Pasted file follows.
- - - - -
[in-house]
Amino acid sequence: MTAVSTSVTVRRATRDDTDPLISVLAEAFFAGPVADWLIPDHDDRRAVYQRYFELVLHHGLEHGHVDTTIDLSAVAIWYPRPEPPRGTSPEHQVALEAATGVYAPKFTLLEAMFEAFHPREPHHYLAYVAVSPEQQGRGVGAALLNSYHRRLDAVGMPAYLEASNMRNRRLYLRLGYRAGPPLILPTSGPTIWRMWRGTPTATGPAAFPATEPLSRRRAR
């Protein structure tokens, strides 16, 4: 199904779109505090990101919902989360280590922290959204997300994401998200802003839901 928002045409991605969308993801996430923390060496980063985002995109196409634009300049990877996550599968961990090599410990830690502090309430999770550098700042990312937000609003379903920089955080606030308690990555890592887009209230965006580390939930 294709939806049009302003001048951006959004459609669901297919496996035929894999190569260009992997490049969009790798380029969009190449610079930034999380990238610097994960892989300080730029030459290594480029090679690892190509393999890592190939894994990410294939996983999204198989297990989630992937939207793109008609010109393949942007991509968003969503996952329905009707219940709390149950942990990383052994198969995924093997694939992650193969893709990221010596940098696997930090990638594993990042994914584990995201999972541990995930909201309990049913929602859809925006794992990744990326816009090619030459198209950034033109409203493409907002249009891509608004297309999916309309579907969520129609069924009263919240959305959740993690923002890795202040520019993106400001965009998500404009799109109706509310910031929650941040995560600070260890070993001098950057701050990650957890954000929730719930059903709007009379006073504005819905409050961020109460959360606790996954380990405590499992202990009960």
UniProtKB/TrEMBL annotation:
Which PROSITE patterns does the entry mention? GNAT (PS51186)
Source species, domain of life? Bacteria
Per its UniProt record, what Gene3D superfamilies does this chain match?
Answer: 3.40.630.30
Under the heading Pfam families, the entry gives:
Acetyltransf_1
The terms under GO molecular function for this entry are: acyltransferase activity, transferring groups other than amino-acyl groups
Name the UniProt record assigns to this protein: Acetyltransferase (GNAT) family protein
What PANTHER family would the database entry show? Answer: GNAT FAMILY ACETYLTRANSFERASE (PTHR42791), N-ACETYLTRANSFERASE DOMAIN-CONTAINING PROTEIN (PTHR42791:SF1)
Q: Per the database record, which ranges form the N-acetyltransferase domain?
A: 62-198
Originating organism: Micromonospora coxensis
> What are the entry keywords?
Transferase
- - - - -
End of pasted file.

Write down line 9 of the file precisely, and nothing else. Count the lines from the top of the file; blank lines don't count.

Under the heading Pfam families, the entry gives: